Right now, there are already plenty of cheap and good Windows 8 tablets, with prices between $200 and $300, but it seems that even cheaper slates are on their way. According to a recent report, a not so popular Chinese company, called Emdoor, could be the first one to release full Windows 8 tablets under $100.
This might seem like an overreach, but shortly after the Build 2014 event, Intel has announced at the IDF conference that they are going to use their low-end Baytrail solution for Windows tablets at the $99 pricetag. Hermann Eul, a top executive at Intel, said Windows tablets could cost only $99 by lining up low-cost processor models up with the removal of Windows licensing costs. He also said that there are already more than 90 tablet designs coming to the market, with prices ranging from below $100 to $500.
Most likely, cheap Windows tablets around the $100 price range will be aimed at emerging markets, such as China or India, and according to Endmoor’s product roadmap, a small known Chinese OEM, the company plans to come with some incredibly cheap Windows 8 tablets. If Google Translate isn’t missing something here, then we could see as early as this summer a $99 Windows 8 tablet with built-in 3G. What’s really hard to believe is that Endmoor says there will be an even cheaper version at only $60.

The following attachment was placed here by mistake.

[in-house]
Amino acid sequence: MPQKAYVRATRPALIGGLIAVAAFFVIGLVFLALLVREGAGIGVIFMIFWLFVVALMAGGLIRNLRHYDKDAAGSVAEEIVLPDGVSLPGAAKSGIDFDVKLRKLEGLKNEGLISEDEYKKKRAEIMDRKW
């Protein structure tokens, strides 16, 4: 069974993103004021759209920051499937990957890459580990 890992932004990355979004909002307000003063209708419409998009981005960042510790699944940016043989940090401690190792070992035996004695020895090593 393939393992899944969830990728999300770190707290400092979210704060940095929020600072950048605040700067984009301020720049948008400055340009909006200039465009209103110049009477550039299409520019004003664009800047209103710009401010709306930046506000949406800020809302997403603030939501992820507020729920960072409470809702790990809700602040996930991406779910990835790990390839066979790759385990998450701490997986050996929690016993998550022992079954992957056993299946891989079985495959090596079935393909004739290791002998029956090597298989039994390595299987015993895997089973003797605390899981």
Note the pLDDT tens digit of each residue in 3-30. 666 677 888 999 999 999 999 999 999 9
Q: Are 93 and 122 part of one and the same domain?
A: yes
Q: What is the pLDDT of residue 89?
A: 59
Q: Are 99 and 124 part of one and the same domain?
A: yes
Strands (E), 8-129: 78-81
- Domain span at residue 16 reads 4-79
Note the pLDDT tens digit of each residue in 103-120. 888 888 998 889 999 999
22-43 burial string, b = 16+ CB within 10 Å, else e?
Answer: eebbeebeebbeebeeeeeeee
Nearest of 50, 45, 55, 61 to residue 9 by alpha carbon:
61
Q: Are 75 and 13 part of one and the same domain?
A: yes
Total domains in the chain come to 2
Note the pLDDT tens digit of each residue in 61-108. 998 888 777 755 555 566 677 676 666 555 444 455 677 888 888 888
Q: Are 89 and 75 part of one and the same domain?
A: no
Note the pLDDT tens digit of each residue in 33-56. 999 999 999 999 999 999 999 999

The purported cheap Windows 8 tablet is said to arrive with a 7-inch screen, 1024 x 600 pixel resolution, 1GB of RAM and 16GB of internal storage. Yes, these are the minimum requirements need to barely sustain the Windows operating system and let you access the Windows Store. It hasn’t been mentioned whether they would be running on Windows 8.1 or Windows RT, but since the system requirements for Windows 8.1 have become so low, it’s no point on going on with Windows RT.
The idea of releasing a free Windows version for smaller tablets coupled with Intel’s dirty cheap low-power kernels might be the winning bet against the rising number of cheap Android tablets. The ability to run desktop apps at such an unbelievably low price will definitely drive consumer pull. And imagine that these cheap tablets come with a USB port or even HDMI, to attach a keyboard, mouse or second display – then it becomes a really interesting proposition to the user.